Winston Peters mocks National MPs for 'fighting from the backbenches' against new leaders Todd Muller, Nikki Kaye

Winston Peters has described National MPs anonymously speaking out against the new leadership team as "destroying internally the very party they belong to". 

National's new deputy leader Nikki Kaye took on the Deputy Prime Minister in Parliament on Thursday and it wasn't long before the internal struggles of both sides were brought up.  

Kaye questioned the stability of Peters' relationship with Prime Minister Jacinda Ardern after the New Zealand First leader publicly declared his opposition to staying at COVID-19 alert level 2 for up to another month. 

Peters said on Wednesday Ardern "admitted" at Monday's Cabinet meeting there was concern from NZ First that the move to level 1 was taking too long, and Kaye suggested he broke Cabinet rules by revealing what his boss said privately. 

But the Prime Minister had already mentioned it during a press conference on Tuesday, saying there had been "serious concern from New Zealand First" but that waiting for up to a month for level 1 was the "consensus view". 

Finance Minister Grant Robertson leapt to Peters' defence in Parliament, suggesting Kaye worry about National's own "issues to do with confidentiality". 

It appeared to be a dig about Newshub political editor Tova O'Brien revealing earlier this week that National MPs were already leaking information against their new leadership team.  

Peters said it "deeply shocked" him that politicians could behave that way, where they would "use inside information to destroy internally the very party they belong to" - drawing laughter from other MPs. 

He said National MPs who have been "so heinously treated by demotion" have "decided to fight from the backbenches against those who are wrongly - and probably in vain - promoted".

The Prime Minister announced on Monday that Cabinet agreed to consider the move to alert level 1 no later than June 22, and Peters interpreted that as Ardern being open to level 1 coming into effect earlier than that. 

He said the date Ardern provided was "the latest" it could happen, which he said "means it could be before that date" and that the Prime Minister "envisages the possibility of it being sooner rather than later".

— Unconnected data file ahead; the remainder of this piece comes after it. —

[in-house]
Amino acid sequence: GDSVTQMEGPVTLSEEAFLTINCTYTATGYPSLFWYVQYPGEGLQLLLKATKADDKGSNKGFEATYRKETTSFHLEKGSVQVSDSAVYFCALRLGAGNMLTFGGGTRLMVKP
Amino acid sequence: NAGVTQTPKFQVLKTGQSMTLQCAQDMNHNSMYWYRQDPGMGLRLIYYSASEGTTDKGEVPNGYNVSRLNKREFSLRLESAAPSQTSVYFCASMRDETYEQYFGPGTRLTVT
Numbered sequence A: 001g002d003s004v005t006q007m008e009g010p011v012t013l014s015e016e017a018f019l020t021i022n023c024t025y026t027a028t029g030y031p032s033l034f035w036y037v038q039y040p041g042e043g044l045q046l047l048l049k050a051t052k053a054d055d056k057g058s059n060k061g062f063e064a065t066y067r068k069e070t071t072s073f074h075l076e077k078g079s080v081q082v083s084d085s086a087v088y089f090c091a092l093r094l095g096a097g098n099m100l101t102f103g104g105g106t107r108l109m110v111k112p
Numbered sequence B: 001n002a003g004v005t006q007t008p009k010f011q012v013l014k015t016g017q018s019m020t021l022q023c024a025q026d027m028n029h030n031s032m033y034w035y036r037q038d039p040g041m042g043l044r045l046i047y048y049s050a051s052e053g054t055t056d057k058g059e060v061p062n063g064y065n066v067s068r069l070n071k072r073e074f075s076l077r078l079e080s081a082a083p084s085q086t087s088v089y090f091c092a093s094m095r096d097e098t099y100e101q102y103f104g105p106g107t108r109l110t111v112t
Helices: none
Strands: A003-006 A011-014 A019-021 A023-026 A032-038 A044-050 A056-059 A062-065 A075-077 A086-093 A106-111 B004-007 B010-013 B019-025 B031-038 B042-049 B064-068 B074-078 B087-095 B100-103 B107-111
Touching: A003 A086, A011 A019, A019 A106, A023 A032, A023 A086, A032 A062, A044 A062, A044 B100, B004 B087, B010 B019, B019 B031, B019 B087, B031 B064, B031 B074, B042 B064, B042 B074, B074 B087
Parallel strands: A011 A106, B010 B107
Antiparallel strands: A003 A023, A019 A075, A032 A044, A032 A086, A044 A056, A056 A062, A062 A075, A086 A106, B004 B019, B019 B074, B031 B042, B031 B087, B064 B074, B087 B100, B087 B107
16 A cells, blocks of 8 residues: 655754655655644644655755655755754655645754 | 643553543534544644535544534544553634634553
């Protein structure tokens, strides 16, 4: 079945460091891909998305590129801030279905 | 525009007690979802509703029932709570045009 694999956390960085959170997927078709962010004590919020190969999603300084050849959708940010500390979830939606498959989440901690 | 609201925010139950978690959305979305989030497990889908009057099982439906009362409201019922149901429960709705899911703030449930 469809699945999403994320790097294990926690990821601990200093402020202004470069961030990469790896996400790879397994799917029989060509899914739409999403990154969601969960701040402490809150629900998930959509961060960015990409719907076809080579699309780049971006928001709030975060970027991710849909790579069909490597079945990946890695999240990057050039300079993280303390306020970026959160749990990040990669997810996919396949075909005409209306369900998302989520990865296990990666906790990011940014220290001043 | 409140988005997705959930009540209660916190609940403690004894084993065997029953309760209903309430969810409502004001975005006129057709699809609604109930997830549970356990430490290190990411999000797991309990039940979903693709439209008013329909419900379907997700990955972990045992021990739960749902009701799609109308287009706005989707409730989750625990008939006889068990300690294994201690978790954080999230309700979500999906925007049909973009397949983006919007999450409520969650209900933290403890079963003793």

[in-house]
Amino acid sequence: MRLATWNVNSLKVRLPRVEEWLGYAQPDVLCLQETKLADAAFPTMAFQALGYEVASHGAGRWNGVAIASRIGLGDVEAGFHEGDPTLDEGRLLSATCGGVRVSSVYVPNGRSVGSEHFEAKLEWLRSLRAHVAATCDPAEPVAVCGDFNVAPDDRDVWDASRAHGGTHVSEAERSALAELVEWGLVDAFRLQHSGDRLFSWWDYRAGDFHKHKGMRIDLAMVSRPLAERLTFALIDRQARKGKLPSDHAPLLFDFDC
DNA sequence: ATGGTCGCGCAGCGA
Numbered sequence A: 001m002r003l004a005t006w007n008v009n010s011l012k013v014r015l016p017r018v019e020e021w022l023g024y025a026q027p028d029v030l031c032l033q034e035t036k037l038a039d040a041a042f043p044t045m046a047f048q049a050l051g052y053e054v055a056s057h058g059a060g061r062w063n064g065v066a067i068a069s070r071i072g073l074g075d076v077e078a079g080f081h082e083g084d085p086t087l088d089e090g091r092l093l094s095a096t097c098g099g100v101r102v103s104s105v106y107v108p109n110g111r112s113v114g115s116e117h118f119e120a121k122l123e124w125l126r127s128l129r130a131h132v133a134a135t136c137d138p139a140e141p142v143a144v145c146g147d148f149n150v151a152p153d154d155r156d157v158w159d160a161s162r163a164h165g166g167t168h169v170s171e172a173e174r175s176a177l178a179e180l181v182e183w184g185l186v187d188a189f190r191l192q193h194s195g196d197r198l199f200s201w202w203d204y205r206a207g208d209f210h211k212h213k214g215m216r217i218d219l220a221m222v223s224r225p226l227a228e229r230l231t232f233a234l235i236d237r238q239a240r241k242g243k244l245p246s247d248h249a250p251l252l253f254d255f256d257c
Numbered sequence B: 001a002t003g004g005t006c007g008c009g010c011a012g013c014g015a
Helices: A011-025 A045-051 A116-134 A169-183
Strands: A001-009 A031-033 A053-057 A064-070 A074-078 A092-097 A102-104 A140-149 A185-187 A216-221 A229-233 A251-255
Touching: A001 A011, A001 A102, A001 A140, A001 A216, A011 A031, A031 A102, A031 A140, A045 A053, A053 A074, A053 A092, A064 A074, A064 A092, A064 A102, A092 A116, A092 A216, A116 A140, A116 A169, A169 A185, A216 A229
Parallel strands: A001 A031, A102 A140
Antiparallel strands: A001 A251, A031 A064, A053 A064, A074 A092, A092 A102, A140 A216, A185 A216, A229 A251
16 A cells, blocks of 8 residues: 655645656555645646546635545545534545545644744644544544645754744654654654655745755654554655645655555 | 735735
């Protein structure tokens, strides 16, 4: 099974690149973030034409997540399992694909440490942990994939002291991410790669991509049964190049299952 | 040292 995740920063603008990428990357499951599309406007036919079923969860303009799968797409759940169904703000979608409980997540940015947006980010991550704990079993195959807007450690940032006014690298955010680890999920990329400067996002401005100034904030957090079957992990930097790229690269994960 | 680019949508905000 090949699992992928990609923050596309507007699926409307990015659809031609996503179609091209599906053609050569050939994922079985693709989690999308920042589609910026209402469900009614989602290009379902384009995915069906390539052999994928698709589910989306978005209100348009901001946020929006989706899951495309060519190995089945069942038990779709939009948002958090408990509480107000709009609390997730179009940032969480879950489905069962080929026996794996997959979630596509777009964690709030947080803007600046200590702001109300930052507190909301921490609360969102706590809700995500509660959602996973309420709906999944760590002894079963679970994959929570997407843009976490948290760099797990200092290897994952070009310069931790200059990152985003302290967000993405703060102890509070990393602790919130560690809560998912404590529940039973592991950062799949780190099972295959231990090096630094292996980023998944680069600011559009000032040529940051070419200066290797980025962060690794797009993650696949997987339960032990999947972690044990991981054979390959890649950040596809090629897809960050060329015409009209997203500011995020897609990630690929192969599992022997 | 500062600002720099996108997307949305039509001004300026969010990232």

Ardern also said Cabinet will review the alert level 1 settings on June 8 in less than two weeks. 

"Coming as soon as possible is the Prime Minister's aspiration," Peters said. "That's why she put these two dates out there which suggest, first a review and the outside date being the latest, which suggest it could be much sooner if the evidence suggests it should be so."

Ardern told reporters on Thursday that what's been "fundamental" to the Government's response to COVID-19 all along is going hard and going early "so that we could come out quickly and we are". 

She said New Zealand is "opening up much more rapidly than other countries but we don't want to jeopardise the very privileged position New Zealanders have earned". 

Ardern also signalled that a trans-Tasman travel 'bubble' could be in place by September - which Kaye appeared to flag as another discrepancy between Ardern and Peters, because he's said he wants it up and running "yesterday". 

She asked Peters if he had "advocated to her or the Cabinet to proceed faster around the trans-Tasman bubble", to which Peters replied, "Take a wild guess."

"We all have views to suggest and put forward, we all have alternative views, and discussion and proper debate is what this coalition government is becoming famous for."